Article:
- A Patent application must be filed by the inventor or any person so authorized by him (assignee). An application must be accompanied by formal specifications. In the case of provisional applications, the specifications may be lesser. Each specification must contain only one invention, and if there are multiple inventions, separate applications must be filed for each.
- Contents of a Specification:
- Written Description – The written description is possible the most important part of an application. It brings forth the background of the invention and explains in clear detail the working of the invention. It may also include examples and drawings
- Drawings/samples/models as necessary
- Enablement – The applicant must “enable” the invention such that a person with ordinary skill in the art may make and work the invention.
- Best Mode – The applicant must describe the best mode of working the invention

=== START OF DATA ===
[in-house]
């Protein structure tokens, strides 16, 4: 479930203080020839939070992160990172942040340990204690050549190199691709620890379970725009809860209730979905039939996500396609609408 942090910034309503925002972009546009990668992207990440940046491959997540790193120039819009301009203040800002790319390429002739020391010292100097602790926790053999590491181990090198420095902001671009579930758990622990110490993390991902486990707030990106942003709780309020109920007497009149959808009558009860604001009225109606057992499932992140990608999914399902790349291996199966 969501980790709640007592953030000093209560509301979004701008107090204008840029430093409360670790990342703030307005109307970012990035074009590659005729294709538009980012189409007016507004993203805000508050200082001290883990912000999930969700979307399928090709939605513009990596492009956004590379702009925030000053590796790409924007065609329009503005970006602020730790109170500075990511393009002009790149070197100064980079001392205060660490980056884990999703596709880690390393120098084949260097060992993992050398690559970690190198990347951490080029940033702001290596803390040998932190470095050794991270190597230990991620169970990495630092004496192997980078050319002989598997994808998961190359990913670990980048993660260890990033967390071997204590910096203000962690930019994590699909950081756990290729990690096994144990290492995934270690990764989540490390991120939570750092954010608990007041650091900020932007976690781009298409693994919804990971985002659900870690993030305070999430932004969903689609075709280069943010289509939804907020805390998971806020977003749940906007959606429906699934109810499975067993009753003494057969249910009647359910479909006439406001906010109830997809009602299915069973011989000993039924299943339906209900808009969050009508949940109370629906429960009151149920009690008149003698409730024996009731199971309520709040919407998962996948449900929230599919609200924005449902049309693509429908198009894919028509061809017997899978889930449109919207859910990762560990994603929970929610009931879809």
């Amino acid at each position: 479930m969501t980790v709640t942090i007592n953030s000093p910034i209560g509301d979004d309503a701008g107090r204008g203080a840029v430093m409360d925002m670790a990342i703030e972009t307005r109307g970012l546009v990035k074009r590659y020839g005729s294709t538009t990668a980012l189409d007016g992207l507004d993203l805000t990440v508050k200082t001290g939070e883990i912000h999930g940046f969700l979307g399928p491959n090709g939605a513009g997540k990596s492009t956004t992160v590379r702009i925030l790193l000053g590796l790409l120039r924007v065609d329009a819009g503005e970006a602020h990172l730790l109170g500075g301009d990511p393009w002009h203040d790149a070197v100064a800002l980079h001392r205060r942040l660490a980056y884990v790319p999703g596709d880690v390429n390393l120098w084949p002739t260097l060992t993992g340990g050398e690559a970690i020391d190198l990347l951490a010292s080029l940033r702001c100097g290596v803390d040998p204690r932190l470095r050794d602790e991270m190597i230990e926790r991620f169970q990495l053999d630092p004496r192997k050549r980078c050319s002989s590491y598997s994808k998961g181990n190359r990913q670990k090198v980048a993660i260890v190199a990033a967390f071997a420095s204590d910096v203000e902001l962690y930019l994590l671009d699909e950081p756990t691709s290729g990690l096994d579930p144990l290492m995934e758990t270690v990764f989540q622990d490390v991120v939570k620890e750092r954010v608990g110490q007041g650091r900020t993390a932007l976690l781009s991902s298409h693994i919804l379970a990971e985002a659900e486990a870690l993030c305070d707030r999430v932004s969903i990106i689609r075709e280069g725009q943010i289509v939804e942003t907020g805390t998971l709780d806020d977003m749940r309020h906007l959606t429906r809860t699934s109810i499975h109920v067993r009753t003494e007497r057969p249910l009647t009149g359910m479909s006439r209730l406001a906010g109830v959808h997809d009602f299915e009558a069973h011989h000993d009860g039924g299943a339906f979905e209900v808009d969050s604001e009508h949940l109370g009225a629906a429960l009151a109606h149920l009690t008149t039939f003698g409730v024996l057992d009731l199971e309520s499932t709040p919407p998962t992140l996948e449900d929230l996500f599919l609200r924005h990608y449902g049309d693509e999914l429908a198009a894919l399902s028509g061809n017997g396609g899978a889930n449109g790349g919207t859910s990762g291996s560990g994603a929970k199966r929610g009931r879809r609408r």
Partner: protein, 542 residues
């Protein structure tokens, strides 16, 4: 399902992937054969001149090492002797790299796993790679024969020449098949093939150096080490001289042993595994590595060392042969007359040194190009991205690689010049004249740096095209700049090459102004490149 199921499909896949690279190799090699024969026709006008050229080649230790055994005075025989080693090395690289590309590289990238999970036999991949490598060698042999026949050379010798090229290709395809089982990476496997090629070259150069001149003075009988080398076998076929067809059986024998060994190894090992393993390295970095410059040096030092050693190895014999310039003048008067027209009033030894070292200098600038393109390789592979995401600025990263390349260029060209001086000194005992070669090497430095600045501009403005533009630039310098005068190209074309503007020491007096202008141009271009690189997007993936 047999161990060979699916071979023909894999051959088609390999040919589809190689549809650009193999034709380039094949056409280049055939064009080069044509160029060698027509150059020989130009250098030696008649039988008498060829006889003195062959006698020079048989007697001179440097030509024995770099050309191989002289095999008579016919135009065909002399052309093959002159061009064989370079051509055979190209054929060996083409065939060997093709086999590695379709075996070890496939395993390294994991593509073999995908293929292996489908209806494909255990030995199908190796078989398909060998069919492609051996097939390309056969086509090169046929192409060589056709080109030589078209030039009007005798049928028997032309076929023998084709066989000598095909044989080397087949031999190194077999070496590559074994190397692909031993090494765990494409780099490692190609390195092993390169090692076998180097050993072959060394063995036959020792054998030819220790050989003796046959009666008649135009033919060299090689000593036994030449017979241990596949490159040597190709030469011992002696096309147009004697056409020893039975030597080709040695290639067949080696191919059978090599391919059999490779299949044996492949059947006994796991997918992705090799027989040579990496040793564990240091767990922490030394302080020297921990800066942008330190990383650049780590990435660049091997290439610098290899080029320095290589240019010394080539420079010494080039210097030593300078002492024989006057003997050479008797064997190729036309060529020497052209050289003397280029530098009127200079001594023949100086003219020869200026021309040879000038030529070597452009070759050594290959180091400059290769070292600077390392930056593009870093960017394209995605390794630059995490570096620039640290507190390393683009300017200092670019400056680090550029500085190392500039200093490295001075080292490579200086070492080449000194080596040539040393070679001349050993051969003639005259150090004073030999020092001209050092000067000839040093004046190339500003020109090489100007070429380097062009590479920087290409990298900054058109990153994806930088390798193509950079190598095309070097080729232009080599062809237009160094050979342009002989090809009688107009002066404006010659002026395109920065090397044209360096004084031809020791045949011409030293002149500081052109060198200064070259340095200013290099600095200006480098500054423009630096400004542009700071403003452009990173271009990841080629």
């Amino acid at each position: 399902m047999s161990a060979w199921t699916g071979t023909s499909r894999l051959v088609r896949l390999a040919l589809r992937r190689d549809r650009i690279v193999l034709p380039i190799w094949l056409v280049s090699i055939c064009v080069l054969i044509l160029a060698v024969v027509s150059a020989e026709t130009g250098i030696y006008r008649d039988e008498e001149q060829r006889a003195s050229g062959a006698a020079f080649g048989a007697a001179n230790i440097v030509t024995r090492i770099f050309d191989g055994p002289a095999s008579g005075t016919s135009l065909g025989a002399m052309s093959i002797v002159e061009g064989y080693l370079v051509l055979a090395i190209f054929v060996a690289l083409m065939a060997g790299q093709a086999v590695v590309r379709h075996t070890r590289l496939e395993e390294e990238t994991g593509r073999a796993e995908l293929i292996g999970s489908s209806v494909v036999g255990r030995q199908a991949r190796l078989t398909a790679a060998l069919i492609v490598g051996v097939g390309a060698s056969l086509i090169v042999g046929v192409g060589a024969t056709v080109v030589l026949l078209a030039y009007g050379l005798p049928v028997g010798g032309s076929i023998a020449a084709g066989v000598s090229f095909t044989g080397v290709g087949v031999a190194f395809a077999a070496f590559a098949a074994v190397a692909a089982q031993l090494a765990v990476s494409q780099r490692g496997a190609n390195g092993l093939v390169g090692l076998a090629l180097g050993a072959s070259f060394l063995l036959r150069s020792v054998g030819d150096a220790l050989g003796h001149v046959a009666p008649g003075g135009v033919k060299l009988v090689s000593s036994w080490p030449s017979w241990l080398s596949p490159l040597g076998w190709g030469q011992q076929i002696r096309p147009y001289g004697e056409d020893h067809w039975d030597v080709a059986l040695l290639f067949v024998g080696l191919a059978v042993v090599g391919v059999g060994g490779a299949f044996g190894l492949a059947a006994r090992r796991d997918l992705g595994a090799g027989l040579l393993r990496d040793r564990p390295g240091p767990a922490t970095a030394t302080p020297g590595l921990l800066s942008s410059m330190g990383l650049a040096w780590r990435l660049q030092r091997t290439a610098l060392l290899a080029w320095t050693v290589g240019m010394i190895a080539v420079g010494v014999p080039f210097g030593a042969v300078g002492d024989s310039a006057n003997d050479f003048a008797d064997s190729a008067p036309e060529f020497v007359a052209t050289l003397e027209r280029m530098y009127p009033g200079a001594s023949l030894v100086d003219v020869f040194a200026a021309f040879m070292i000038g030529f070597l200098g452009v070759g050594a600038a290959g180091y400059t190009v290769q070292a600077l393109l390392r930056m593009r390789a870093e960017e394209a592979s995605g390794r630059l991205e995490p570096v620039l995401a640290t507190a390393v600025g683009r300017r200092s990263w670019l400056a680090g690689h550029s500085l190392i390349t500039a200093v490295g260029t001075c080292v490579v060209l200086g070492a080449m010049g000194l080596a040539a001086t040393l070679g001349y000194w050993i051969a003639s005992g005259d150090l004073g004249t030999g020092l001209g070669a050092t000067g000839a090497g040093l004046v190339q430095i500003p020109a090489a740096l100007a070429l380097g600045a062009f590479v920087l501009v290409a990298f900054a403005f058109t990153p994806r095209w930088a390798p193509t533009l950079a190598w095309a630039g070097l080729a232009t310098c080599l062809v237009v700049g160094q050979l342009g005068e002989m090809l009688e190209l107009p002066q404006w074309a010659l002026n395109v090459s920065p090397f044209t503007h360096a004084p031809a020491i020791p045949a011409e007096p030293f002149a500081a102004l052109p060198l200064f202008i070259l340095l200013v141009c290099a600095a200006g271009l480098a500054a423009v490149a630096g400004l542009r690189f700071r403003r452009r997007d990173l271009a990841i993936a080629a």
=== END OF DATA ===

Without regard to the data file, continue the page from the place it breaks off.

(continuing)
- Claims – He must define the bounds of an invention
- Deposit – If an invention involves micro-organisms, it has to be deposited at a recognized depository.
- The date on which the application is first filed is known as the priority date and is used to determine the novelty of the invention.
- The application along with specifications and annexures as well as the authorization of the patent agent or patent attorney must then be submitted to the Patent Office.
- Publication – A Patents specifications including all its annexures will be published for public inspection. The publication generally takes place 18 months after application, however, it may be preponed or postponed as per the applicant’s wishes for expediting or secrecy. The Patent-holders rights begin on publication, but they can be enforced to the holders benefit only when granted.
- Examination – Upon a request for examination, the Patent is directed to an Examiner. The examiner shall first check whether the subject matter is patentable, then conduct a search of prior art for a previous invention claimed. Then the analysis is made as to whether it fulfills the patentability requirements. The examination report is given within 3 months, and if the report is adverse, there may be an opportunity given to the applicant for correction or hearing or amendment of the application.
- Pre-grant Opposition – An opposition may be made on publication before the grant of the patent on the grounds of non-compliance to requirement or non-disclosure of traditional knowledge or resources.